Skip to main content
Previous sectionNext section

Objects

This chapter discusses objects in InterSystems IRIS®.

The samples shown in this chapter are from the Samples-Data sample (https://github.com/intersystems/Samples-Data). InterSystems recommends that you create a dedicated namespace called SAMPLES (for example) and load samples into that namespace. For the general process, see Downloading Samples for Use with InterSystems IRIS.

Introduction to InterSystems IRIS Object Classes

InterSystems IRIS provides object technology by means of the following object classes: %Library.RegisteredObject, %Library.Persistent, and %Library.SerialObject.

The following figure shows the inheritance relationships among these classes, as well as some of their parameters and methods. The names of classes of the %Library package can be abbreviated, so that (for example) %Persistent is an abbreviation for %Library.Persistent. Here, the items in all capitals are parameters and the items that start with percent signs are methods.

images/gorient_object_classes.png

In a typical class-based application, you define classes based on these classes (and on specialized system subclasses). All objects inherit directly or indirectly from one of these classes, and every object is one of the following types:

  • A registered object is an instance of %RegisteredObject or a subclass. You can create these objects but you cannot save them. The other two classes inherit from %RegisteredObject and thus include all the parameters, methods, and so on of that class.

  • A persistent object is an instance of %Persistent or a subclass. You can create, save, open, and delete these objects.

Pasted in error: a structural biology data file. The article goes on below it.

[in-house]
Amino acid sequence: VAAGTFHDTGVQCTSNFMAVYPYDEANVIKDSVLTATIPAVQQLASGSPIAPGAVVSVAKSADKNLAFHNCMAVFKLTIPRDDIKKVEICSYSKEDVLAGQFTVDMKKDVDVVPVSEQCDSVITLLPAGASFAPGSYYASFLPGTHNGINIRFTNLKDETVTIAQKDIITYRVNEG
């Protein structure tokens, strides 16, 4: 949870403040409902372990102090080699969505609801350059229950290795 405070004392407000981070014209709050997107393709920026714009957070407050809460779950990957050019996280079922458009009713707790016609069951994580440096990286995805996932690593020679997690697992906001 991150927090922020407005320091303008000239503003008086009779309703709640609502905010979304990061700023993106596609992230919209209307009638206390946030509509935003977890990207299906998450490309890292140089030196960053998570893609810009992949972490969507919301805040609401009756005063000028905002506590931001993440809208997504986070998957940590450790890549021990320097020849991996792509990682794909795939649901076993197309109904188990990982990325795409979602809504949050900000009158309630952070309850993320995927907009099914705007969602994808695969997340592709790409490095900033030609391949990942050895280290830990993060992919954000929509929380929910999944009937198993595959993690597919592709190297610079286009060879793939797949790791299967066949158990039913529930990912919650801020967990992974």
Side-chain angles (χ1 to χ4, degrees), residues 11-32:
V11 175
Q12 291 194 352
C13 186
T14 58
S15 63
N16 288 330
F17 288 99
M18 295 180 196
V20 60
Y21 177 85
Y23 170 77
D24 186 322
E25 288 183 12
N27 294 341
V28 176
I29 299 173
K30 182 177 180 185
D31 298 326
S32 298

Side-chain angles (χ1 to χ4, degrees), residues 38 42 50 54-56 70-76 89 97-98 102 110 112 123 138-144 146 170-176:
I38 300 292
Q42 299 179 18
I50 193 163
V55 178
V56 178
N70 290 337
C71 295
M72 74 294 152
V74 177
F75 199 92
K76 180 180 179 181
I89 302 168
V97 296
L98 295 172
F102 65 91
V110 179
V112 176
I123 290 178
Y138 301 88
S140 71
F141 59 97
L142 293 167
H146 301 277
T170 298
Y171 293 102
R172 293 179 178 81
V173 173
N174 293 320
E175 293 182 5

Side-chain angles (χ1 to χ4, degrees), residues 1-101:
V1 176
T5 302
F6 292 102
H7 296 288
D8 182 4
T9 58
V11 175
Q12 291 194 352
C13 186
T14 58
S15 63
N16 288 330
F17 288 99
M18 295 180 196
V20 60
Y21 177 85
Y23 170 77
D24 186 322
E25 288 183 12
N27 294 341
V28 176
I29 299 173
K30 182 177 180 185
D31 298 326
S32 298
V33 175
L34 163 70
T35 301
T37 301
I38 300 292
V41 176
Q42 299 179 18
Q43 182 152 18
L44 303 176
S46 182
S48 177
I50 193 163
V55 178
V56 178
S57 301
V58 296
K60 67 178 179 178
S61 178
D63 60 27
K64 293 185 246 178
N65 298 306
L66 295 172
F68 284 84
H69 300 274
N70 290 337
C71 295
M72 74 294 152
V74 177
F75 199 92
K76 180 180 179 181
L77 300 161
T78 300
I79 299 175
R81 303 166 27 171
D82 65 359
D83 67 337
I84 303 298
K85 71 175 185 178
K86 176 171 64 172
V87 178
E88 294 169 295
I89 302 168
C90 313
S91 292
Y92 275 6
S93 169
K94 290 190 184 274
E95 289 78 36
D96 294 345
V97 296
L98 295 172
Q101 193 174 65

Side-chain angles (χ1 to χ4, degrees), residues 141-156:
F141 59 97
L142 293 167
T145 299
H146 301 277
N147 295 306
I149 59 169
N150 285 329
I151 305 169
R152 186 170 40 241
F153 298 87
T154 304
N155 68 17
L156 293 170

A persistent class is automatically projected to a table that you can access via InterSystems SQL. The following chapter discusses persistent classes in detail.

  • A serial object is an instance of %SerialObject or a subclass. A serial class is meant for use as a property of another object. You can create and delete these objects, but you cannot save them or open them independently of the object that contains them.

    When contained in persistent objects, these objects have an automatic projection to SQL.

Note:

Via the classes %DynamicObject and %DynamicArray, InterSystems IRIS also provides the ability to work with objects and arrays that have no schema. These classes are not discussed in this book. For details, see Using JSON.

Basic Features of Object Classes

With the object classes, you can perform the following tasks, among others:

  • You can create an object (an instance of a class). To do so, you use the %New() method of that class, which it inherits from %RegisteredObject.

    For example:

     set myobj=##class(Sample.Person).%New()
    Copy code to clipboard
  • You can use properties.

    You can define properties in any class, but they are useful only in object classes, because only these classes enable you to create instances.

    Any property contains a single literal value, an object (possibly a collection object), or a multidimensional array (rare). The following example shows the definition of an object-valued property:

    Property Home As Sample.Address;
    Copy code to clipboard

    Sample.Address is another class. The following shows one way to set the value of the Home property:

     Set myaddress=##class(Sample.Address).%New()
     Set myaddress.City="Louisville"